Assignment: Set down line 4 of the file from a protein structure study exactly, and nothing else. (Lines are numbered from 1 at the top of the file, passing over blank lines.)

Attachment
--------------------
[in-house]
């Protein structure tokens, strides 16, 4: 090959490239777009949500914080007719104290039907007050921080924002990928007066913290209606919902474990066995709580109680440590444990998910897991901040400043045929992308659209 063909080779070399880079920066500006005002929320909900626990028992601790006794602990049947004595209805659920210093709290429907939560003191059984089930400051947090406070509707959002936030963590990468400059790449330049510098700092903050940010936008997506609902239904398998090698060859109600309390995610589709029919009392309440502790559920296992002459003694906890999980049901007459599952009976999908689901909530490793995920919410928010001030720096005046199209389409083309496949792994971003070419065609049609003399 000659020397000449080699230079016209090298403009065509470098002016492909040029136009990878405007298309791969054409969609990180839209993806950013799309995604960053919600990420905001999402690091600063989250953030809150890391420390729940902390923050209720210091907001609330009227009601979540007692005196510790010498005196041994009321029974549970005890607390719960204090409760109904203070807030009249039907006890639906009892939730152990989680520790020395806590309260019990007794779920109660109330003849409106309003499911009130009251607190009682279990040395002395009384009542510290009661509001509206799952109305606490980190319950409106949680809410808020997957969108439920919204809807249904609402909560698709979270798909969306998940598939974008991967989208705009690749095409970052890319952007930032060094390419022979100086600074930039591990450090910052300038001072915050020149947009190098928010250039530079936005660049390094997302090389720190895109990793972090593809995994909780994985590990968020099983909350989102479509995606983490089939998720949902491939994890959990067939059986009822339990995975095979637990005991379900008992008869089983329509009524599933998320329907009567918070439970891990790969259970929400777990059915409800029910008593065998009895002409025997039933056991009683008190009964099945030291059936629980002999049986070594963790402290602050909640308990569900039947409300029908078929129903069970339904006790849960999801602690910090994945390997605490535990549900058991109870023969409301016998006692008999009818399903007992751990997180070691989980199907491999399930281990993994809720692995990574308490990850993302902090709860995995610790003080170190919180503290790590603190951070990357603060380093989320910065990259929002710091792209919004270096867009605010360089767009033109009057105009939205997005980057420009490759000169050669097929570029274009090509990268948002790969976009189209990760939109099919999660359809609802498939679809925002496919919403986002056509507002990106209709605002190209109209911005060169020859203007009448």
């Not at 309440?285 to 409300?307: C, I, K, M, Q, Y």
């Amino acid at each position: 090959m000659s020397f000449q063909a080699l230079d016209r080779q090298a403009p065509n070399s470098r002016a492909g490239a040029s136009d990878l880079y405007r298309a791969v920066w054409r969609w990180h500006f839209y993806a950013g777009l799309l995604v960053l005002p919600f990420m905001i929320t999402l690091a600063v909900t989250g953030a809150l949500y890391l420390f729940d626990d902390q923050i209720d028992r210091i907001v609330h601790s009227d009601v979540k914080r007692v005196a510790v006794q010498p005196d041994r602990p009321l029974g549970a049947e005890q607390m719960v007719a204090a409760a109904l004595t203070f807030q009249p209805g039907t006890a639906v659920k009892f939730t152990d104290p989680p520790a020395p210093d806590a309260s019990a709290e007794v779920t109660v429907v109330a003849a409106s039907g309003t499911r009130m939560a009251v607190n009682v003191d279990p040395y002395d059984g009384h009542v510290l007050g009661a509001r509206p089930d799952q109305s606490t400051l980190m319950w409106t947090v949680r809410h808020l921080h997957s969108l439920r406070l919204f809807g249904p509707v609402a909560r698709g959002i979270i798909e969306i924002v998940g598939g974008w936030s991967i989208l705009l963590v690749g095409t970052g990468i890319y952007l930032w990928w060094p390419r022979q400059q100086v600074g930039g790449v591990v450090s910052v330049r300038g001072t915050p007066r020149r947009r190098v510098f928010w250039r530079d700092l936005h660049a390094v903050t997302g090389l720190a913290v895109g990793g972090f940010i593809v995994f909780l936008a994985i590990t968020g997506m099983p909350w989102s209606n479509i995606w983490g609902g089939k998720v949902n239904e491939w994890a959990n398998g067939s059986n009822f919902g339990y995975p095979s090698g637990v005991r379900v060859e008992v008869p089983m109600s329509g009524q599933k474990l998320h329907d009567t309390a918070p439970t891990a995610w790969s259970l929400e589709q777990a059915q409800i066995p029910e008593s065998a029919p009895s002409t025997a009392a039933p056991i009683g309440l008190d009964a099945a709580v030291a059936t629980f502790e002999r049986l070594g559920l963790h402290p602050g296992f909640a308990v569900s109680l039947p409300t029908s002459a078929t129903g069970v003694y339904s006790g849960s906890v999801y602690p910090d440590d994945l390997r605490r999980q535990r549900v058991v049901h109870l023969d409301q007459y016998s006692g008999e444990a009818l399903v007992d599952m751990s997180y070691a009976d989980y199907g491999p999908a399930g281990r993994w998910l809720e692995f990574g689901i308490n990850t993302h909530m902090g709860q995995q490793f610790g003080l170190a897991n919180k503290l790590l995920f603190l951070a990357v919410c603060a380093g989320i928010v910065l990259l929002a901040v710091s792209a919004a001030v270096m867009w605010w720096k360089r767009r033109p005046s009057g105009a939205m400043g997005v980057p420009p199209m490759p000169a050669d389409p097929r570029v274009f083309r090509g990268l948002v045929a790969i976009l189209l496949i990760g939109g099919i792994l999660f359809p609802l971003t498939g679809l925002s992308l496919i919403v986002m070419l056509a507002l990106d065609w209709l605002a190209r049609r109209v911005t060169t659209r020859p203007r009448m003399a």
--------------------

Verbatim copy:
């Amino acid at each position: 090959m000659s020397f000449q063909a080699l230079d016209r080779q090298a403009p065509n070399s470098r002016a492909g490239a040029s136009d990878l880079y405007r298309a791969v920066w054409r969609w990180h500006f839209y993806a950013g777009l799309l995604v960053l005002p919600f990420m905001i929320t999402l690091a600063v909900t989250g953030a809150l949500y890391l420390f729940d626990d902390q923050i209720d028992r210091i907001v609330h601790s009227d009601v979540k914080r007692v005196a510790v006794q010498p005196d041994r602990p009321l029974g549970a049947e005890q607390m719960v007719a204090a409760a109904l004595t203070f807030q009249p209805g039907t006890a639906v659920k009892f939730t152990d104290p989680p520790a020395p210093d806590a309260s019990a709290e007794v779920t109660v429907v109330a003849a409106s039907g309003t499911r009130m939560a009251v607190n009682v003191d279990p040395y002395d059984g009384h009542v510290l007050g009661a509001r509206p089930d799952q109305s606490t400051l980190m319950w409106t947090v949680r809410h808020l921080h997957s969108l439920r406070l919204f809807g249904p509707v609402a909560r698709g959002i979270i798909e969306i924002v998940g598939g974008w936030s991967i989208l705009l963590v690749g095409t970052g990468i890319y952007l930032w990928w060094p390419r022979q400059q100086v600074g930039g790449v591990v450090s910052v330049r300038g001072t915050p007066r020149r947009r190098v510098f928010w250039r530079d700092l936005h660049a390094v903050t997302g090389l720190a913290v895109g990793g972090f940010i593809v995994f909780l936008a994985i590990t968020g997506m099983p909350w989102s209606n479509i995606w983490g609902g089939k998720v949902n239904e491939w994890a959990n398998g067939s059986n009822f919902g339990y995975p095979s090698g637990v005991r379900v060859e008992v008869p089983m109600s329509g009524q599933k474990l998320h329907d009567t309390a918070p439970t891990a995610w790969s259970l929400e589709q777990a059915q409800i066995p029910e008593s065998a029919p009895s002409t025997a009392a039933p056991i009683g309440l008190d009964a099945a709580v030291a059936t629980f502790e002999r049986l070594g559920l963790h402290p602050g296992f909640a308990v569900s109680l039947p409300t029908s002459a078929t129903g069970v003694y339904s006790g849960s906890v999801y602690p910090d440590d994945l390997r605490r999980q535990r549900v058991v049901h109870l023969d409301q007459y016998s006692g008999e444990a009818l399903v007992d599952m751990s997180y070691a009976d989980y199907g491999p999908a399930g281990r993994w998910l809720e692995f990574g689901i308490n990850t993302h909530m902090g709860q995995q490793f610790g003080l170190a897991n919180k503290l790590l995920f603190l951070a990357v919410c603060a380093g989320i928010v910065l990259l929002a901040v710091s792209a919004a001030v270096m867009w605010w720096k360089r767009r033109p005046s009057g105009a939205m400043g997005v980057p420009p199209m490759p000169a050669d389409p097929r570029v274009f083309r090509g990268l948002v045929a790969i976009l189209l496949i990760g939109g099919i792994l999660f359809p609802l971003t498939g679809l925002s992308l496919i919403v986002m070419l056509a507002l990106d065609w209709l605002a190209r049609r109209v911005t060169t659209r020859p203007r009448m003399a």